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How Do You Catch A Catfish On A Rod And Reel


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#1 Bass-minded

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Posted January 04 2012 - 08:25 PM

I fish a farm pond in Tennessee. It has channel, flathead, and blue cats. The lake is about an acre in size and is twelve feet deep at the most. I usually catch the at night on jugs or throwlines. Panfish is the usual bait that I rig them with. I have tried to catch them with rod and reel but they aren't biting. What an I doing wrong?
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#2 Bluebasser86

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Posted January 04 2012 - 10:36 PM

Catfish in ponds are very sensitive to their surrounds. When you set out juglines at night I'm guessing you leave them overnight and check them again the next morning. Those fish sense nothing out of the ordinary so they go about feeding as normal. A lot of people make way too much noise while they are fishing ponds for catfish or any fish for that matter. Try to keep noise and movements down and cut down as much as you can on anything that is going to transmit vibrations (walking, dropping tackle boxes on the ground, hammering a rod holder into the ground) I like your bait choice. If you're after the flatheads go with live bluegills, sunfish, or bullheads with the lightest sinker you can get away with. I like saltwater livebait hooks because they are strong but not huge like most hooks marketed for livebait catfishing. Put the bait next to some kind of cover and leave it alone! If a fish is there it will find it eventually but it may take some time. In a pond environment a flathead doesn't have to move much to eat because the food usually comes to them. As for the blues and channels I like to use cut bluegill or shad. Cut it into appropriate sized pieces for the fish you're likely to catch. I like Kahle hooks for cutbait, get the right size for the bait and fish but try to keep it fairly small, you'd be surprised how big of a catfish you can land on a 1/0 or 2/0 kahle hook. Cast that out onto flats, at the mouth of any cuts, cover, or incoming creeks and wait. A friend of mine has a pond with lots of catfish in it but it is a very small pond. We often have to wait 20-30 minutes before we get our first bites and it seems to take about that long in between fish because when you hook a fish it will usually swim most of the pond during the fight. Hope that helps!

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#3 Red Earth

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Posted January 05 2012 - 10:14 AM

I fish a farm pond in Tennessee. It has channel, flathead, and blue cats. The lake is about an acre in size and is twelve feet deep at the most. I usually catch the at night on jugs or throwlines. Panfish is the usual bait that I rig them with. I have tried to catch them with rod and reel but they aren't biting. What an I doing wrong?



panfish is a good bait for catfish, but the wait is often longer it seems. try using something like night crawlers or chicken livers to catch them with rod and reel.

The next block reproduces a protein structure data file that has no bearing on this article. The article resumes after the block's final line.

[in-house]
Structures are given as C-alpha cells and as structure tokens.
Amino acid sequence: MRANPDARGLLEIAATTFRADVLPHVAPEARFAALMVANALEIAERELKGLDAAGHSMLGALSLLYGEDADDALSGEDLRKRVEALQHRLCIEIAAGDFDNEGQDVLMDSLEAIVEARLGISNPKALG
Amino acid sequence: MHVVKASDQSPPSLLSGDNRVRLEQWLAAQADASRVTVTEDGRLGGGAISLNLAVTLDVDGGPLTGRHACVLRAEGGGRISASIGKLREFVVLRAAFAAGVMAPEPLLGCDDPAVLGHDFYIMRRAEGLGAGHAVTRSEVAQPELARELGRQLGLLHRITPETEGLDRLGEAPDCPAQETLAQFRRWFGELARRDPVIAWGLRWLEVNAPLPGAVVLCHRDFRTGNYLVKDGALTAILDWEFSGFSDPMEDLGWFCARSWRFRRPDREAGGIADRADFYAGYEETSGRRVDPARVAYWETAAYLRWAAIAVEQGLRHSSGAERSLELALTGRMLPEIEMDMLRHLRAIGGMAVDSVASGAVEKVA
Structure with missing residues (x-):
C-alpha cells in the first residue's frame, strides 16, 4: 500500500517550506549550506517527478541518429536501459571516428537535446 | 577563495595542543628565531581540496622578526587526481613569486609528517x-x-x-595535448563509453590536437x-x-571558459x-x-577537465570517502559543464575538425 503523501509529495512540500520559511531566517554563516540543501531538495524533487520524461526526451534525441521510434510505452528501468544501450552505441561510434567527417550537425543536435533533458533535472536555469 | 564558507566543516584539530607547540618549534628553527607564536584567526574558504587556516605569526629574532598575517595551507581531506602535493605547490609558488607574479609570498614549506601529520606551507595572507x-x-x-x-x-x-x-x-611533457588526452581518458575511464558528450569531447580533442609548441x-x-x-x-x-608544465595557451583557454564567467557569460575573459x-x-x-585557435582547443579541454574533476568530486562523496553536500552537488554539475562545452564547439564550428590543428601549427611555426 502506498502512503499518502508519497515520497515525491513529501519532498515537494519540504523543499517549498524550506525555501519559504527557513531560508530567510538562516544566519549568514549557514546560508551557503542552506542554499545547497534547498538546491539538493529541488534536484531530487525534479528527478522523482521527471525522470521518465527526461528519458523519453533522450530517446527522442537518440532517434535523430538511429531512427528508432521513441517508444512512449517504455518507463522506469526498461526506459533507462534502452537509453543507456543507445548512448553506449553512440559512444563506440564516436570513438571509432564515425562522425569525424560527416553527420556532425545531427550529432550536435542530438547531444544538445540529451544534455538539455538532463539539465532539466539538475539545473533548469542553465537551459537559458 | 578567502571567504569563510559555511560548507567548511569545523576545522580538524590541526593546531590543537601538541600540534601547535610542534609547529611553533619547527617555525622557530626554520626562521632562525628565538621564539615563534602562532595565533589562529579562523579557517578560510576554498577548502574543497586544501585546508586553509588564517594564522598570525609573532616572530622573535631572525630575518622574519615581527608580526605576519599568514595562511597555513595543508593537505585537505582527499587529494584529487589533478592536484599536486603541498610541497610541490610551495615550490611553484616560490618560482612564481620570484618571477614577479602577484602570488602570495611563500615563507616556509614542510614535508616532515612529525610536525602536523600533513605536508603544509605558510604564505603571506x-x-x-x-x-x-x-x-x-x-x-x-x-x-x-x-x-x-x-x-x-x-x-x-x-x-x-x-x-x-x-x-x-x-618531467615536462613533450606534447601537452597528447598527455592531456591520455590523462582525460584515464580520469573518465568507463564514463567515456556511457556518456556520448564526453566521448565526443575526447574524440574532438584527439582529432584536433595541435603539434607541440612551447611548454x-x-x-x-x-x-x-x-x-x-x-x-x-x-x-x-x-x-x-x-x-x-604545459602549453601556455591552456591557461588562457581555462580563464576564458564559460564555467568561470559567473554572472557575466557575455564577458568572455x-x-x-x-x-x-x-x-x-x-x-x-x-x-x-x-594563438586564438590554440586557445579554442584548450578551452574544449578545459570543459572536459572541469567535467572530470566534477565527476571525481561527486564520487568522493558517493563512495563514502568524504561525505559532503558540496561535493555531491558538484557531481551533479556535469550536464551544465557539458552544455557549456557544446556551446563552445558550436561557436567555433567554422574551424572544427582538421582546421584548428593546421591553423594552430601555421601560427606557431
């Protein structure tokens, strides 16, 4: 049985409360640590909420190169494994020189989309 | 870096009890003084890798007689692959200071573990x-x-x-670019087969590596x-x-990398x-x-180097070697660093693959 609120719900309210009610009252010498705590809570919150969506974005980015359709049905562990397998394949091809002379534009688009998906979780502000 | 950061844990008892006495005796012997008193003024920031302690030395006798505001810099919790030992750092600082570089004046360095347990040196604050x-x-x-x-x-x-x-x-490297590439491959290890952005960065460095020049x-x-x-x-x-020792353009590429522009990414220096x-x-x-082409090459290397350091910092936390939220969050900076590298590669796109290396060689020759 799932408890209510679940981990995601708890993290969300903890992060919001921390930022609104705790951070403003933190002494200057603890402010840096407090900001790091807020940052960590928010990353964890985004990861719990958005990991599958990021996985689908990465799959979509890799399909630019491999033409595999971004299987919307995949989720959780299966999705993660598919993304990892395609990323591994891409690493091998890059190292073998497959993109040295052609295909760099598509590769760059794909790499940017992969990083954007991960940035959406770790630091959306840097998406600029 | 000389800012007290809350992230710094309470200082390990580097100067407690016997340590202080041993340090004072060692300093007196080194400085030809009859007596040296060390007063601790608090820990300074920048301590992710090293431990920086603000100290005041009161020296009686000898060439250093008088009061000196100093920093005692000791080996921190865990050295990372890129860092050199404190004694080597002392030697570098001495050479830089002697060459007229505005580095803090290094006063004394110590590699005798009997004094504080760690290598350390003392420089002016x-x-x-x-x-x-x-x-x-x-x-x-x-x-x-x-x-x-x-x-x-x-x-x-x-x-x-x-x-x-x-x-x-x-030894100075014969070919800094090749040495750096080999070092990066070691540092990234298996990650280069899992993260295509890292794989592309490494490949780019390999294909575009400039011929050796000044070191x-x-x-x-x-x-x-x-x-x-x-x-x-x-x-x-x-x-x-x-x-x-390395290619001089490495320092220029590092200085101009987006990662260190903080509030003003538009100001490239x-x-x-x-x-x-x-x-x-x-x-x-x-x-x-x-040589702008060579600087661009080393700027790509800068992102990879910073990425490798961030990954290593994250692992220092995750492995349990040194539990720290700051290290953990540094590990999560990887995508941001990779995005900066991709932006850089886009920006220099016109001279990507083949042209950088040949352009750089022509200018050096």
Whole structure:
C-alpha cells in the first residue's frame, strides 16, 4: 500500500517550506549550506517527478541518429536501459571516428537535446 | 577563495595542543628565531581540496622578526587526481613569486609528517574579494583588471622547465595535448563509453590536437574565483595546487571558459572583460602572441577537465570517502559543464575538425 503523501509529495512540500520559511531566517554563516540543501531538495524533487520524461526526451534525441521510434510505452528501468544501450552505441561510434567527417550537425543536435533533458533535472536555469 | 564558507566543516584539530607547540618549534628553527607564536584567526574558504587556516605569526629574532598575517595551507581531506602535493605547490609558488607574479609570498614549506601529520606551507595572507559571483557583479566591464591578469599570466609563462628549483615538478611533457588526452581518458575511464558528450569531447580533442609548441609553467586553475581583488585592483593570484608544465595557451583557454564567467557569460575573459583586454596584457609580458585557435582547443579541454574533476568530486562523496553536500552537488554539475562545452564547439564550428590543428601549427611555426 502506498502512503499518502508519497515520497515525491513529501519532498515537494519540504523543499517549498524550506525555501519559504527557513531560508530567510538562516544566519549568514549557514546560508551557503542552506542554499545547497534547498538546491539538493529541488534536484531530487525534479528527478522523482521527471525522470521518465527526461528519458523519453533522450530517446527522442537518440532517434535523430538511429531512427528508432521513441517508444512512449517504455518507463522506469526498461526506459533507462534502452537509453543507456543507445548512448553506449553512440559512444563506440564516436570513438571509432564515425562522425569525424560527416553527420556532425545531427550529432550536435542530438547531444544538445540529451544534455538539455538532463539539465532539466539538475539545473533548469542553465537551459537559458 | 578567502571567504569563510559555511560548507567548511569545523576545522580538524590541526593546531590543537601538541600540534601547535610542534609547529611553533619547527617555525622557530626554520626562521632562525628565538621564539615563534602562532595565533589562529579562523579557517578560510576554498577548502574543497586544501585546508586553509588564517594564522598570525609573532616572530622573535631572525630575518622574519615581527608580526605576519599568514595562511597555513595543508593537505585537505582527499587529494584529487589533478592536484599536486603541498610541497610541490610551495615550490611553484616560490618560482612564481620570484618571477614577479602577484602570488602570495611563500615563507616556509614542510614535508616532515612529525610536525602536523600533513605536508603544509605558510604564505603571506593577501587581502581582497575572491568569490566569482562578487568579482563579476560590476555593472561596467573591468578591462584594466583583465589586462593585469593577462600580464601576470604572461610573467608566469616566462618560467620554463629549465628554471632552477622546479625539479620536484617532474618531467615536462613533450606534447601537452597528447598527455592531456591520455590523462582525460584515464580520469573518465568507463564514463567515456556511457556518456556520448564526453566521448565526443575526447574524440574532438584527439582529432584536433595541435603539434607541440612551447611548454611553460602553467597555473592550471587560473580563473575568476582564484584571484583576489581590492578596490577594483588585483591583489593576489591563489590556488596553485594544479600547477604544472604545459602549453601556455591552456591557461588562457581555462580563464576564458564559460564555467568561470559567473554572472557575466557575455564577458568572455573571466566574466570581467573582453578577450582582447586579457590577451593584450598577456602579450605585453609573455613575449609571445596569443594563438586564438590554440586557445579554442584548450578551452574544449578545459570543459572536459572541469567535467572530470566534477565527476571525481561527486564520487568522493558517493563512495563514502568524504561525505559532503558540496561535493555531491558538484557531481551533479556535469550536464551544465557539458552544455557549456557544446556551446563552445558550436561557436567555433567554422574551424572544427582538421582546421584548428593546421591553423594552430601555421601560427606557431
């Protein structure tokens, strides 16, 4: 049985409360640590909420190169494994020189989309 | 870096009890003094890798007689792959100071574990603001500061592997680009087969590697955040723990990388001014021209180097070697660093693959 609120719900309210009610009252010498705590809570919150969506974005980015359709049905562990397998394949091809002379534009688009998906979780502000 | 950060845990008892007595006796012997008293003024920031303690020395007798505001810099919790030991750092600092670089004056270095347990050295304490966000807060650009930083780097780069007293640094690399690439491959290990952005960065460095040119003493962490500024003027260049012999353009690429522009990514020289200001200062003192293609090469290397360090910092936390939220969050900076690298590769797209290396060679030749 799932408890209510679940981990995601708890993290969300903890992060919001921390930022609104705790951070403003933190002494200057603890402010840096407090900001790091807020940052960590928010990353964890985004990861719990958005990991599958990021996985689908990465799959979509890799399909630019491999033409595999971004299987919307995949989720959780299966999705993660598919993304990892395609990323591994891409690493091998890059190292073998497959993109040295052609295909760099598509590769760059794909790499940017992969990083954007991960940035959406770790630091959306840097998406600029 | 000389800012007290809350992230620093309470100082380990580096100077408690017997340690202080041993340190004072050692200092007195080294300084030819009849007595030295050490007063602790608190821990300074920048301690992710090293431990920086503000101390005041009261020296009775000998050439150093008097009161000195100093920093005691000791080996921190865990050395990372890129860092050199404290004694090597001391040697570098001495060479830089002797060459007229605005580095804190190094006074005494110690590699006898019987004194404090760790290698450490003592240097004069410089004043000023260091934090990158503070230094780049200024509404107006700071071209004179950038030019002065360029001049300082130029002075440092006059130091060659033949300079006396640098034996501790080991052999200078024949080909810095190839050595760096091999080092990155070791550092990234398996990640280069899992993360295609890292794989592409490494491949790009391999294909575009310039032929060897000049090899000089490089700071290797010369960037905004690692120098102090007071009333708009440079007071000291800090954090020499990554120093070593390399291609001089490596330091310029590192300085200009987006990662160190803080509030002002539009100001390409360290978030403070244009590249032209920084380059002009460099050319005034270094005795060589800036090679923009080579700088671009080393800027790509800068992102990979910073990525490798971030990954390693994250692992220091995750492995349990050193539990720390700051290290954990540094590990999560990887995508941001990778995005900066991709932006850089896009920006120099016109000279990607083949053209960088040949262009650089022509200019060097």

#4 Bass-minded

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Posted January 05 2012 - 04:18 PM

Thanks! I caught a 21 pounder on a throwline rigged with a cut panfish. I didn't know that nightcrawlers work, how do you rig them?
I like to stay as busy as possible to take my mind off how much I hate the things I do to stay busy.


#5 Bluebasser86

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Posted January 05 2012 - 07:22 PM

Thanks! I caught a 21 pounder on a throwline rigged with a cut panfish. I didn't know that nightcrawlers work, how do you rig them?


You can just thread them on the hook or run the hook through them a couple times and let the ends hang off. Worms and chicken livers tend to attract smaller fish for me and bluegill steal the bait off the hook before a catfish ever has a chance but they will really catch them sometimes. Nightcrawlers work really well after a heavy rain it seems like. During the summer grasshoppers and frogs work really well at times also.

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#6 Red Earth

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Posted January 06 2012 - 03:51 PM

Thanks! I caught a 21 pounder on a throwline rigged with a cut panfish. I didn't know that nightcrawlers work, how do you rig them?


i usually rig them on a 2/0 hook. like said above just thread them on there, but i like to exit and re-enter the hook a few times or sometimes they will just get sucked right off the hook. when i use chicken livers i like to wrap a short piece(6 inches or so) of elastic thread around the liver to help hold it on the hook, its not necessary but keeps the liver from flying off during the cast. a 21 pounder is nice, now try to catch that on rod and reel, you can also use cutbait for that. oh, and shrimp also works pretty good. bluebasser is right though, baits like nightcrawlers, livers, and shrimps will usually get you smaller fish, good for catching eaters if thats your goal. your bigger cats will most likely come on live baitfish/panfish or cut bait